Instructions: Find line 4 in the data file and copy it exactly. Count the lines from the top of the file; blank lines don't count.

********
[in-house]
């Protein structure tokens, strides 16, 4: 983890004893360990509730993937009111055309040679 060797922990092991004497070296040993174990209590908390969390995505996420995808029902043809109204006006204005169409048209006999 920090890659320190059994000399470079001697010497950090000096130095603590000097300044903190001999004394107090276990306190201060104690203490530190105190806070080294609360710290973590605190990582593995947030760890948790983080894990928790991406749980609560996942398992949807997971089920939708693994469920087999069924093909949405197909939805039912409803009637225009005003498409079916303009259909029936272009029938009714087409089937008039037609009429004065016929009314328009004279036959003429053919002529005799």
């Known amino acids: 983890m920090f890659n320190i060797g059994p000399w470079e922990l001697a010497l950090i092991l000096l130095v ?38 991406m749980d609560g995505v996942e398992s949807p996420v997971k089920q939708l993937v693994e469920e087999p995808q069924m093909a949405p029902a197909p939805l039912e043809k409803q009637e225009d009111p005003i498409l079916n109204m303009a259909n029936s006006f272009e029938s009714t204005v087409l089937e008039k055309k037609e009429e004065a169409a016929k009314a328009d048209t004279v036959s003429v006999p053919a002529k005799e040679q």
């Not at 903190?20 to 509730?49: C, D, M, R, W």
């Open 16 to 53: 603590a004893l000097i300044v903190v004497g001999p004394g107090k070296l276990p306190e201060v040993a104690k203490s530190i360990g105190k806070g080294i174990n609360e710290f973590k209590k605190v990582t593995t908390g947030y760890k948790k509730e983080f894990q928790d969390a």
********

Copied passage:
């Not at 903190?20 to 509730?49: C, D, M, R, W």